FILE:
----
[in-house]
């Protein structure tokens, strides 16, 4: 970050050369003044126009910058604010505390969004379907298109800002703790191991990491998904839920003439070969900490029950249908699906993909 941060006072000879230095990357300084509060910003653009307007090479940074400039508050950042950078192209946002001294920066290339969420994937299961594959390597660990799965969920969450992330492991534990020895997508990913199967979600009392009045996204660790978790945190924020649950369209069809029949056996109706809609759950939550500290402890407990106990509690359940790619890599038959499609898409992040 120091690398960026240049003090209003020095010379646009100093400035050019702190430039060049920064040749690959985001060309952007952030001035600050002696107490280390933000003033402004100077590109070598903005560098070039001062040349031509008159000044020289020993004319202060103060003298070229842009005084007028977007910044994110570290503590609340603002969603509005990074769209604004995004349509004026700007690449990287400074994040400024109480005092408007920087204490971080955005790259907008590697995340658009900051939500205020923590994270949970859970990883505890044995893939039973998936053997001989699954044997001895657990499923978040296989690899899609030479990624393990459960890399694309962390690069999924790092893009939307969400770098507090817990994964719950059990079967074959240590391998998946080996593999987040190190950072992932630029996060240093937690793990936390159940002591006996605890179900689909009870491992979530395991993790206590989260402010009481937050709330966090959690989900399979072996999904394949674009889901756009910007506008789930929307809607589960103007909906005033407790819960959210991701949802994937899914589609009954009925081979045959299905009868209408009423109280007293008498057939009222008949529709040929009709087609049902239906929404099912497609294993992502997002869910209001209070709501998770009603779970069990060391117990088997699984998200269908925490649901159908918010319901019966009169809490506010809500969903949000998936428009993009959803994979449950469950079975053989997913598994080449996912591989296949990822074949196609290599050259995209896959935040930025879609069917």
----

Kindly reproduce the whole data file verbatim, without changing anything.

[in-house]
């Protein structure tokens, strides 16, 4: 970050050369003044126009910058604010505390969004379907298109800002703790191991990491998904839920003439070969900490029950249908699906993909 941060006072000879230095990357300084509060910003653009307007090479940074400039508050950042950078192209946002001294920066290339969420994937299961594959390597660990799965969920969450992330492991534990020895997508990913199967979600009392009045996204660790978790945190924020649950369209069809029949056996109706809609759950939550500290402890407990106990509690359940790619890599038959499609898409992040 120091690398960026240049003090209003020095010379646009100093400035050019702190430039060049920064040749690959985001060309952007952030001035600050002696107490280390933000003033402004100077590109070598903005560098070039001062040349031509008159000044020289020993004319202060103060003298070229842009005084007028977007910044994110570290503590609340603002969603509005990074769209604004995004349509004026700007690449990287400074994040400024109480005092408007920087204490971080955005790259907008590697995340658009900051939500205020923590994270949970859970990883505890044995893939039973998936053997001989699954044997001895657990499923978040296989690899899609030479990624393990459960890399694309962390690069999924790092893009939307969400770098507090817990994964719950059990079967074959240590391998998946080996593999987040190190950072992932630029996060240093937690793990936390159940002591006996605890179900689909009870491992979530395991993790206590989260402010009481937050709330966090959690989900399979072996999904394949674009889901756009910007506008789930929307809607589960103007909906005033407790819960959210991701949802994937899914589609009954009925081979045959299905009868209408009423109280007293008498057939009222008949529709040929009709087609049902239906929404099912497609294993992502997002869910209001209070709501998770009603779970069990060391117990088997699984998200269908925490649901159908918010319901019966009169809490506010809500969903949000998936428009993009959803994979449950469950079975053989997913598994080449996912591989296949990822074949196609290599050259995209896959935040930025879609069917």